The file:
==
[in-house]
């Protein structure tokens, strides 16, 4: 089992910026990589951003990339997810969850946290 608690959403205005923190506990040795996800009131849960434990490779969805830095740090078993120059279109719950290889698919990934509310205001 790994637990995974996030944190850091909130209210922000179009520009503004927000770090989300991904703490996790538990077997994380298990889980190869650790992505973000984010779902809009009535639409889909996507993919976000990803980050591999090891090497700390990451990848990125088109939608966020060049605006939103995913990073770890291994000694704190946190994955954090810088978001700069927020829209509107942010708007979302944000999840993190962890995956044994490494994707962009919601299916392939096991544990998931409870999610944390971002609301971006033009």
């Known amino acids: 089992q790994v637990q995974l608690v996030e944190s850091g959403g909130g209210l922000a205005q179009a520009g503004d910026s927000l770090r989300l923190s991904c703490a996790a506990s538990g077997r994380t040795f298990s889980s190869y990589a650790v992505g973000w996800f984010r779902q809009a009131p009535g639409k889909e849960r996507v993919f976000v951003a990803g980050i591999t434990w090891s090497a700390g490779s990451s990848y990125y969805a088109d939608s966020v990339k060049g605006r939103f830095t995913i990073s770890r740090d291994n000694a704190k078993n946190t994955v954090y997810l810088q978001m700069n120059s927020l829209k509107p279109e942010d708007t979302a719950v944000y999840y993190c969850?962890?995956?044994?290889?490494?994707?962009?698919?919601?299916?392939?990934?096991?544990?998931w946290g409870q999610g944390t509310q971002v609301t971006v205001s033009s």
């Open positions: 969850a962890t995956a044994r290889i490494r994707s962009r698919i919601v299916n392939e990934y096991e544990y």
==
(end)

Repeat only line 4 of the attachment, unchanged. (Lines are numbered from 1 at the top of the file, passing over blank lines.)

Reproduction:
């Open positions: 969850a962890t995956a044994r290889i490494r994707s962009r698919i919601v299916n392939e990934y096991e544990y």